Cold Sore

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Cold sores — also called fever blisters — are tiny, fluid-filled lesions that occur on and around your lips. These blisters are often grouped together in patches.

Cold sores spread from person to person by close personal contacts, such as kissing or sharing eating utensils, razors, and towels. The sores are caused by herpes simplex virus type 1 (HSV-1) that’s closely related to the type that causes genital herpes (HSV-2). Oral sex can spread HSV-1 to the genitals and HSV-2 to the lips.


A cold sore usually passes through several stages, which include:

  • Tingling and itching. Many people feel an itching, burning, or tingling sensation around their lips for a day or two before cold sore blisters erupt.
  • Blisters. Small fluid-filled blisters typically break out along the border where the outside edge of the lips meets the skin of the face. Blisters can also occur around the nose or on the cheeks. Children younger than age 5 may have cold sores inside their mouths that are mistaken for canker sores.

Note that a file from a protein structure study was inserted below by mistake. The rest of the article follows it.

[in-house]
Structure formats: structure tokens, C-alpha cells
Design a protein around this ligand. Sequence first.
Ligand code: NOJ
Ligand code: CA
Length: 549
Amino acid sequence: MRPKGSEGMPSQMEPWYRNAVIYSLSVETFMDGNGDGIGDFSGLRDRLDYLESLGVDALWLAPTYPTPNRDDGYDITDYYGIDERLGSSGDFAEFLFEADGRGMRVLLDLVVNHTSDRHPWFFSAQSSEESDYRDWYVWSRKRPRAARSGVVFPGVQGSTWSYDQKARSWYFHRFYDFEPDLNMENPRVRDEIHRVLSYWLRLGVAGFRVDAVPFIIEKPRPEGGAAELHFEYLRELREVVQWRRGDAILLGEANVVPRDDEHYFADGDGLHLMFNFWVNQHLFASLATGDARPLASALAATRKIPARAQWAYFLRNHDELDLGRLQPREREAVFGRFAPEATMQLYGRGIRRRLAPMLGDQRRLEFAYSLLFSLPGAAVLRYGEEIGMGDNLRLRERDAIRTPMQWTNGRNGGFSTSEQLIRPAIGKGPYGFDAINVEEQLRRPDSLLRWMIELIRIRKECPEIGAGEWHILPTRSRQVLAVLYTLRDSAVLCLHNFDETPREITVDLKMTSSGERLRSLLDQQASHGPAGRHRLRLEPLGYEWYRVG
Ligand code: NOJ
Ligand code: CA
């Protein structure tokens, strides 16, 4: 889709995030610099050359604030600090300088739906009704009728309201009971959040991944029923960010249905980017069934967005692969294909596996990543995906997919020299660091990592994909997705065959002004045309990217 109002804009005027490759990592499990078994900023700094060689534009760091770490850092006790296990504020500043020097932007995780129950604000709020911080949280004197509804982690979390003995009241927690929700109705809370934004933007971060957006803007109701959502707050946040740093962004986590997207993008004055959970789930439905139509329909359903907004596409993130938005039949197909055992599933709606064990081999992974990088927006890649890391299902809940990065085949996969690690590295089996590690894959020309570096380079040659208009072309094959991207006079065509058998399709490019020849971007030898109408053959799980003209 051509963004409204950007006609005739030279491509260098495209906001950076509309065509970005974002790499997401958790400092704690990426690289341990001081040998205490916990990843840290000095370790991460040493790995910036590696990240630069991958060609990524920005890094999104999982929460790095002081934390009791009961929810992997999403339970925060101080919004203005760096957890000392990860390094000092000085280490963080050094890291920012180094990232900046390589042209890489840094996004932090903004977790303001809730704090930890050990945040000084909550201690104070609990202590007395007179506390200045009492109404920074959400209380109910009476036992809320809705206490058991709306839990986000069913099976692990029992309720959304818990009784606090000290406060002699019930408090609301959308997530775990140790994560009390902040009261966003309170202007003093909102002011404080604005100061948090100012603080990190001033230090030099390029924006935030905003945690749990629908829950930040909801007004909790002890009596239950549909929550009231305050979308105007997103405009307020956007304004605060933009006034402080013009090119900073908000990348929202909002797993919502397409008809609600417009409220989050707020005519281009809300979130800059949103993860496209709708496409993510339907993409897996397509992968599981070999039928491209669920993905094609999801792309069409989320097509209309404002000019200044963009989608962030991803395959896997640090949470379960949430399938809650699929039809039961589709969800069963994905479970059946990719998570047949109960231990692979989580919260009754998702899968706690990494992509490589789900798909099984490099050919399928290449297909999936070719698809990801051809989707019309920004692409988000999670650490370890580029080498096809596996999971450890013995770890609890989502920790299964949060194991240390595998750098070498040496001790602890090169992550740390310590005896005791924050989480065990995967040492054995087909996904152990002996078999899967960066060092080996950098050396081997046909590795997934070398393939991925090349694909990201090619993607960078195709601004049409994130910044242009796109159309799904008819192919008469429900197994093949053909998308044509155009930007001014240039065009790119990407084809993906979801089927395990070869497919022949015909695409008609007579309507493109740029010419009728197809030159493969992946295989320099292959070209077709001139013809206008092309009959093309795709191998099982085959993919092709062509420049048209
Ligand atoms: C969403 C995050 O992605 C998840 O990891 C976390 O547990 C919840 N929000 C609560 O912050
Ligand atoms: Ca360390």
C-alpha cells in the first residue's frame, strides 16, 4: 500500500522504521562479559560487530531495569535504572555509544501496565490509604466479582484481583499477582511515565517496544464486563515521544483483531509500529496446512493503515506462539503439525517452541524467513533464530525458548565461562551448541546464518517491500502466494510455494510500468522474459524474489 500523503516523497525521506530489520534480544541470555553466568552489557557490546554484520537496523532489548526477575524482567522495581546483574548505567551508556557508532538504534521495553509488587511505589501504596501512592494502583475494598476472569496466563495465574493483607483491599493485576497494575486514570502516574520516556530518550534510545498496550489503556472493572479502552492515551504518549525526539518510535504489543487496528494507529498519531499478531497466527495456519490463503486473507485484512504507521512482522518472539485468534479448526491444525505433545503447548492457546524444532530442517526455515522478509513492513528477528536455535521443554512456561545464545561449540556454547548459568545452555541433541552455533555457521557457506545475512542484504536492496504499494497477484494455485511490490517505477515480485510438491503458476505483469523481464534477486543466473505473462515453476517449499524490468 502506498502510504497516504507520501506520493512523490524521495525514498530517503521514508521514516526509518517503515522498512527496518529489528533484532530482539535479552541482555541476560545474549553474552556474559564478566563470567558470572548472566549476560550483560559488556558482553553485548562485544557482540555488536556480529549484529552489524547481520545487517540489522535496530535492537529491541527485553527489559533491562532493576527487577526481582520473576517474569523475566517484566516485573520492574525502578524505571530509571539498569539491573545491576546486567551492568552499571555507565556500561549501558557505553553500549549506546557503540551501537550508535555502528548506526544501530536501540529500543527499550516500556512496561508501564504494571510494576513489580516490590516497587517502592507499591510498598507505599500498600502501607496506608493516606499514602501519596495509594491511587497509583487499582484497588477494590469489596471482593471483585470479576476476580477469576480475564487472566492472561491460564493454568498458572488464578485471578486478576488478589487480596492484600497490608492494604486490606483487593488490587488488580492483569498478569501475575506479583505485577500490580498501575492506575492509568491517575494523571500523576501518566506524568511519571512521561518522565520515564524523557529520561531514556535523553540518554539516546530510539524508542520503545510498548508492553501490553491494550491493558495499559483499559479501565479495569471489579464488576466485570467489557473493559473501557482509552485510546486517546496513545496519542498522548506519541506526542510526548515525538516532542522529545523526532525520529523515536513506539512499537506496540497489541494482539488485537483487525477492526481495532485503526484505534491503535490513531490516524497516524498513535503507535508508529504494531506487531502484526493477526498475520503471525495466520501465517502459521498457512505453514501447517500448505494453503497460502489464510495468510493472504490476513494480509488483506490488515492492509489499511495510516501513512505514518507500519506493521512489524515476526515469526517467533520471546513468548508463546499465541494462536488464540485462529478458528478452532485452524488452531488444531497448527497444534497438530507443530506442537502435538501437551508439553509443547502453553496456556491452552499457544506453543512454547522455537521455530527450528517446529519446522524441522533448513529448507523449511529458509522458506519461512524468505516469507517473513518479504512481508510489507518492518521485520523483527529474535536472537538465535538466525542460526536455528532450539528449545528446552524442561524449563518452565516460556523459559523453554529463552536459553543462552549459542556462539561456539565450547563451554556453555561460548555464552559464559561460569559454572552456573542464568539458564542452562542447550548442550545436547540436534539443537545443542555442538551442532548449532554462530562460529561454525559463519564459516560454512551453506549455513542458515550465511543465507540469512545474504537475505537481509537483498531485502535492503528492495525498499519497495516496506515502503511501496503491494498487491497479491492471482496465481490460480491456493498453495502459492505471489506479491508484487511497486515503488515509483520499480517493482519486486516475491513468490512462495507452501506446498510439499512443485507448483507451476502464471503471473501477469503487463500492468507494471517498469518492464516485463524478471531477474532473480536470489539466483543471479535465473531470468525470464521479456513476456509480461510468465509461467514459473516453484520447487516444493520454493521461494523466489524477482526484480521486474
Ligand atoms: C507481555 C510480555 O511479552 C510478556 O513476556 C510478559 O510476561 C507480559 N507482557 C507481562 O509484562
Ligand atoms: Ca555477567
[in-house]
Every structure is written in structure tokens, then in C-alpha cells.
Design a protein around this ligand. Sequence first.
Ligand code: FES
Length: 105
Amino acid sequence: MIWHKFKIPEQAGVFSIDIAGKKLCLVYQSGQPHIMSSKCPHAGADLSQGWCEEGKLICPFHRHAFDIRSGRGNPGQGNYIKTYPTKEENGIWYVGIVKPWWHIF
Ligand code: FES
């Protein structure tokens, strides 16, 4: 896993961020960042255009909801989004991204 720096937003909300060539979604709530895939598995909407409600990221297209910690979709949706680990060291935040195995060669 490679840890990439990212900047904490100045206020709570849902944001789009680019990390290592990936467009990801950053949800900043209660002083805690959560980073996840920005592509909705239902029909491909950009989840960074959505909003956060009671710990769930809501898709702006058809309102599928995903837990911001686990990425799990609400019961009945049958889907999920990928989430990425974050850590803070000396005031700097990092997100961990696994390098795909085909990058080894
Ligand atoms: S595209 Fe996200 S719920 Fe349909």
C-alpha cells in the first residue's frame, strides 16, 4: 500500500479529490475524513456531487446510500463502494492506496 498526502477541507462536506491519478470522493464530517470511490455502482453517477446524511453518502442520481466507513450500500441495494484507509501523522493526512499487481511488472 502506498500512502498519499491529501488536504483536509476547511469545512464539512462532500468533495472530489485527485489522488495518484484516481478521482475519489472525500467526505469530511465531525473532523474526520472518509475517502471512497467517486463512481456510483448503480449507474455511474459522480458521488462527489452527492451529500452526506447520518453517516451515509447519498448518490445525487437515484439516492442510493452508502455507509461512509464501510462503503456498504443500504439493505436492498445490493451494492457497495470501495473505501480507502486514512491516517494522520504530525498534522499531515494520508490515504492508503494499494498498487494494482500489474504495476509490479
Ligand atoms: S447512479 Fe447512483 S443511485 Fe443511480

• Oozing and crusting. The small blisters may merge and then burst, leaving shallow open sores that will ooze fluid and then crust over.


A cold sore generally clears up without treatment within about two weeks. Sometimes medications to speed the healing process may be prescribed.

If you develop cold sores frequently or if you’re at high risk of serious complications, your doctor may prescribe an antiviral medication that you take on a regular basis.

An over-the-counter cream may be used to treat cold sores. It must be applied frequently and may shorten an outbreak by a few hours or a day.

      Excerpt From: The Mayo Clinic. “Mayo Clinic A to Z Health Guide”.

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